In 1949, with millions of people transitioning from military to industrial work, there were few options available for engineers and scientists who needed to refresh and expand their technical knowledge.
In response, MIT became one of the first universities to offer formal programs of professional development classes taught by faculty, with subjects like spectroscopy, food safety, and even digital computing. It was the first step in an ongoing tradition of lifelong learning that has served more than 100,000 attendees from around the world to date and provided Institute faculty with an invaluable line of communication to front-line practitioners in their fields.
Today, the program originally known as the Summer Session has been renamed Short Programs and is celebrating its 65th anniversary as part of a multifaceted set of offerings under the auspices of MIT Professional Education. Going forward, MIT Professional Education is poised for substantial growth with increasing emphasis on reaching wider audiences globally via digital and blended-learning programs.
In the summer of 2014, Short Programs attracted more than 1,000 attendees from some 60 countries to Cambridge to study subjects ranging from nuclear plant safety to additive manufacturing to social data and networks. The same basic education model has endured since 1949: intensive classroom work, lab exercises, and field trips to relevant area facilities where applicable, plus ample time for discussion of the daily challenges faced in industry and government.
Those discussions help the attendees work more effectively, and also benefit the 70-plus MIT faculty members and lecturers who lead the classes.
“Practitioners tell you about the real problems that no one has worked on before, the new problems that didn’t exist when the textbook was written,” explains Richard Larson, professor of Engineering Systems and director of the Center for Engineering Systems, who has taught in the program since 1972 and oversaw it for several years. “When I talk to my undergraduate and graduate students during the academic year, it’s not all hearsay from books and articles, but from talking to people about their life responsibilities.”
Professor Markus Buehler, head of the Department of Civil and Environmental Engineering, calls his MIT Professional Education experience “irreplaceable, because it connects me, on a deep and comprehensive level, with leaders and practitioners in industry. The intense weeks of classroom work and discussion allow me to focus my research and educational activities on high-impact targets that are relevant to urgent real-world needs.”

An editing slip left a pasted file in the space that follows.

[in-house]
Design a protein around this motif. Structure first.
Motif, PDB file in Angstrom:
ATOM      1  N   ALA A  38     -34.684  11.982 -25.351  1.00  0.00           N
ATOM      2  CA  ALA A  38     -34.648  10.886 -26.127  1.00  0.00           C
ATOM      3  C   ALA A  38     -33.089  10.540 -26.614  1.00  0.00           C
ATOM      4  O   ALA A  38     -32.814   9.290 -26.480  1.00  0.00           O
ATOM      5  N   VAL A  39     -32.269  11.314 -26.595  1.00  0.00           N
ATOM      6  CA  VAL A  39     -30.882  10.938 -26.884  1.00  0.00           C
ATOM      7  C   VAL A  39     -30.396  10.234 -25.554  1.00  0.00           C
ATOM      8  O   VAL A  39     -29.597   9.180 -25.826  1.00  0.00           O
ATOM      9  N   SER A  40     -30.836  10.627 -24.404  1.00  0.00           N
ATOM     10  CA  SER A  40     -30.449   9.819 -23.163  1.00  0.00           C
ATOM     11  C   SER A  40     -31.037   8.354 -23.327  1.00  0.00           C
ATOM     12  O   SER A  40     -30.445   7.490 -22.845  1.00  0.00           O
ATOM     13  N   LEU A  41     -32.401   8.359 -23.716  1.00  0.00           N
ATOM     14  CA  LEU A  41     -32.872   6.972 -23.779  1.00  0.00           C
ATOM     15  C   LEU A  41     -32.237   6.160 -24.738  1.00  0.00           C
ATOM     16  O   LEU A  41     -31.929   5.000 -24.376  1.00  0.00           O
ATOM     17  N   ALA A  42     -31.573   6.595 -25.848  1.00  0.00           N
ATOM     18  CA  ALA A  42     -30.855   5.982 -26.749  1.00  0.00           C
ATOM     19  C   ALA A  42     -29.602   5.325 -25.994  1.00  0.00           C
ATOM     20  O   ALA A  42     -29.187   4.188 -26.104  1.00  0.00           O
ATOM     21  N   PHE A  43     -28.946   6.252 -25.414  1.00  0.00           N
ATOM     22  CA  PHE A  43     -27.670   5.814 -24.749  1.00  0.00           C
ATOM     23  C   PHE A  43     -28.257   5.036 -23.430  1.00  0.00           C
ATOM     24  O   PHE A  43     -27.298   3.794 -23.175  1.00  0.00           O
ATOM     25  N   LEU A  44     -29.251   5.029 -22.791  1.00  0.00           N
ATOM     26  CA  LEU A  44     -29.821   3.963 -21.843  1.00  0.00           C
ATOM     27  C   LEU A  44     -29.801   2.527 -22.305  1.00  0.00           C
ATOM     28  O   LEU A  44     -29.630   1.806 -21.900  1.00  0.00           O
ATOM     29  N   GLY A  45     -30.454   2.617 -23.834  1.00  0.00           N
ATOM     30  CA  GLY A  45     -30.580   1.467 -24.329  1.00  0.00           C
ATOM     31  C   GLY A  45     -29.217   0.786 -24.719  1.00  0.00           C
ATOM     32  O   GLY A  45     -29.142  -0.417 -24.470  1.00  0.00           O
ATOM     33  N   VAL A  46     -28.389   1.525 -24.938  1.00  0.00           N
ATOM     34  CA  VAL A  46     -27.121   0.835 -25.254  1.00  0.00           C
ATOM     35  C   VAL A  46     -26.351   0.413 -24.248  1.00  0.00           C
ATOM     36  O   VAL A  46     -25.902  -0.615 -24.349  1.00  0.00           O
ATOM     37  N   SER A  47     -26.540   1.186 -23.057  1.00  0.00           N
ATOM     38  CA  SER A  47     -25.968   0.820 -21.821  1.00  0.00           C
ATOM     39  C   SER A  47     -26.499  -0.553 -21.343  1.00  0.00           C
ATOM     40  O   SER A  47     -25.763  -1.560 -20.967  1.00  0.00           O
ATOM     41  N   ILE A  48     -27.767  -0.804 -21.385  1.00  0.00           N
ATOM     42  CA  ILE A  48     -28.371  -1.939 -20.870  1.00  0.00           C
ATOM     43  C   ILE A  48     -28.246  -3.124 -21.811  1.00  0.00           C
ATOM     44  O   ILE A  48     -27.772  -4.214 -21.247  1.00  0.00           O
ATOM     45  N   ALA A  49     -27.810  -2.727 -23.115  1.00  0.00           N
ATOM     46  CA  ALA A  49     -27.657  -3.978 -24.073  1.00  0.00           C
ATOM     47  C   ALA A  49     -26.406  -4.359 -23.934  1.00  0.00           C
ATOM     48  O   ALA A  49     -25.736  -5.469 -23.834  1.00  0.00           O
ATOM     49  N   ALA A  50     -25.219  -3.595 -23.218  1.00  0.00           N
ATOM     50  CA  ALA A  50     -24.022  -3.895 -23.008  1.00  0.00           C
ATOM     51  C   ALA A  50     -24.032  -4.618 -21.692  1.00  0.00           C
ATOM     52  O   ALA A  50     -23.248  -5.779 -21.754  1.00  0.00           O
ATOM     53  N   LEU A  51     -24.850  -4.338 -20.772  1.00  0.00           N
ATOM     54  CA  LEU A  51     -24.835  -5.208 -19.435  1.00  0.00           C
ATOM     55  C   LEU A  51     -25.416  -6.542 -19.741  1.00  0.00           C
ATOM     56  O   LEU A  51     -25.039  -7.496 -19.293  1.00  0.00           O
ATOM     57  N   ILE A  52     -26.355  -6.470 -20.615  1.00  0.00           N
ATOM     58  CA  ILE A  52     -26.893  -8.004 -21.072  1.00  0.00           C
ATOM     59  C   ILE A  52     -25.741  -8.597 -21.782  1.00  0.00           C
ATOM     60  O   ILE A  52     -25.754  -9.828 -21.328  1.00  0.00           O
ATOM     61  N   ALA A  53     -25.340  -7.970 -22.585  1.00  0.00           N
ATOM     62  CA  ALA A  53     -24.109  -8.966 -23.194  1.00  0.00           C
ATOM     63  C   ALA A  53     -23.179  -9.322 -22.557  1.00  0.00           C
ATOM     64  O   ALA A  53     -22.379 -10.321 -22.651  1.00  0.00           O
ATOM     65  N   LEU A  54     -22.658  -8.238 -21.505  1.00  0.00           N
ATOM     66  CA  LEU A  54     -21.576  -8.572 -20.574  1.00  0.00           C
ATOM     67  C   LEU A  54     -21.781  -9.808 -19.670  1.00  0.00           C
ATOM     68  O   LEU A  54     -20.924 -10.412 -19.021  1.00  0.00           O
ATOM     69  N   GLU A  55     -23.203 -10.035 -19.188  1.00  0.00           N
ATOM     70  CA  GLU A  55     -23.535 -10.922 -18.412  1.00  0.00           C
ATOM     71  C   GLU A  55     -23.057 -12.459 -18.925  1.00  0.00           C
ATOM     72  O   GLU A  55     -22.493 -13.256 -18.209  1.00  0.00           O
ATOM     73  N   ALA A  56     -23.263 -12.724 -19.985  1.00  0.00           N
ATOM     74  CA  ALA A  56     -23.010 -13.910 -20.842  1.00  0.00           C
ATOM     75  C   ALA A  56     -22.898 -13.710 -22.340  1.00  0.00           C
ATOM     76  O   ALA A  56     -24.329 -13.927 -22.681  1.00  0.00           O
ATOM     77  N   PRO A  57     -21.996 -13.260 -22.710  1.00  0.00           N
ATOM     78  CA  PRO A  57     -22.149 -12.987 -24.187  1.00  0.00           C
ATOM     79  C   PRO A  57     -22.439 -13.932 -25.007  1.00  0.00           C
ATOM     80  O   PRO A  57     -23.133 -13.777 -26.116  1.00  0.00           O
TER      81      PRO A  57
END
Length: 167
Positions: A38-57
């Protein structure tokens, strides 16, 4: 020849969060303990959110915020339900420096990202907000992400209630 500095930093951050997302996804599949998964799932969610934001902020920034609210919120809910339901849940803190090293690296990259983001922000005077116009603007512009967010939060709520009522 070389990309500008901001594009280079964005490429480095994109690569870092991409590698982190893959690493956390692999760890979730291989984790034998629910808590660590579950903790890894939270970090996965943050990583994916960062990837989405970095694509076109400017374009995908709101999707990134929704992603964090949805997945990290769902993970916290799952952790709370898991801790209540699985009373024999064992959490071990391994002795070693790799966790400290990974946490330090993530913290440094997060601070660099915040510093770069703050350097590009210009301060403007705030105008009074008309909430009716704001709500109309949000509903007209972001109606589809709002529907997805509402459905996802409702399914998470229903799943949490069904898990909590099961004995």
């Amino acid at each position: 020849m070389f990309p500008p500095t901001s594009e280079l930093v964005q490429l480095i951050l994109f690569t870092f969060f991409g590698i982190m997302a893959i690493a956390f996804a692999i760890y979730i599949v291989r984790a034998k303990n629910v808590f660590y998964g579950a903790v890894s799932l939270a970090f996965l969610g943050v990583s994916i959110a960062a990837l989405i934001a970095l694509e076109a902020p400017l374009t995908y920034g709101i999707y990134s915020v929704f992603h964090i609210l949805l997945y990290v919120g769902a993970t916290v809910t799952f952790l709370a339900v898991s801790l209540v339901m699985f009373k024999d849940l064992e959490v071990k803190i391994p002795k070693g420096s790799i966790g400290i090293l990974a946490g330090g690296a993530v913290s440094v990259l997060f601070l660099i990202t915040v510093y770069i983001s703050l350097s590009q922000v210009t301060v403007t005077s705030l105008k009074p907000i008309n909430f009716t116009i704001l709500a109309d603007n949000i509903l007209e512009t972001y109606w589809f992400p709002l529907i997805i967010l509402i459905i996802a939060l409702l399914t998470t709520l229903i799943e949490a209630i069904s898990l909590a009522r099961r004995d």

MIT leadership envisioned this level of connection in 1949, which also saw the launch of the Institute’s research-oriented Industrial Liaison Program. As MIT President Charles M. Vest explained during a 50th anniversary celebration in 1999, both programs were “deeply rooted in the basic values of MIT, and both were designed to help faculty into greater direct contact with senior leaders and decision-makers in industry and government.”
Current President L. Rafael Reif, who taught a 1997 Short Programs class, Multilevel Interconnect Process Technologies for Microelectronic Fabrication, comments, “I know from personal experience that teaching in these programs is richly rewarding for our faculty. And for the Institute as whole, the dividends earned over the past 65 years have been tremendous — we are better connected to the front lines of technology-driven enterprise, and better able to fulfill our mission of disseminating knowledge and effecting positive change.
“Going forward, the experience and skill of the MIT Professional Education team, and their collaborating faculty members, provide a robust foundation for our work in lifelong learning, and a strategic asset for the entire Institute.”
In addition to Short Programs, MIT Professional Education, which was established in 2003 under the School of Engineering, also oversees the Advanced Study Program, which is marking its 50th anniversary of offering industry fellows (currently about 75 per semester) the opportunity to take regular Institute courses on a non-degree basis. More recent additions include Custom Programs, which develops training programs for specific industry or government clients (including Accenture, Novartis, and BP); International Programs, which offers short courses on-site in locales worldwide; and Online X Programs, an initiative launched in 2014 for global digital learning via the edX platform.
MIT Professional Education executive director Bhaskar Pant notes that while there will always be a prominent place for the long-standing on-campus programs, “international and digital learning programs are very much our next frontier, with a focus on addressing global audiences and issues, particularly in emerging economies. There is great hunger for knowledge in these economies, and they’re also places that our faculty and students are keen to understand better.” Early steps in this direction include the recent hosting of a custom course for South African transport managers and a program in Dubai for would-be Middle East entrepreneurs.
As part of the evolution toward wider and more time-efficient access to MIT expertise, says Pant, new education delivery models will be tested. “We’ll be experimenting with digital and with blended learning, which combines online and traditional classroom teaching,” he notes. “A case in point is MIT’s first professional online course, Tackling the Challenges of Big Data, which launched earlier this year and registered nearly 3,500 professionals from more than 80 nations. All put together, this is our way of pursuing the MIT mission statement’s charge to “bring ... knowledge to bear on the world’s great challenges.”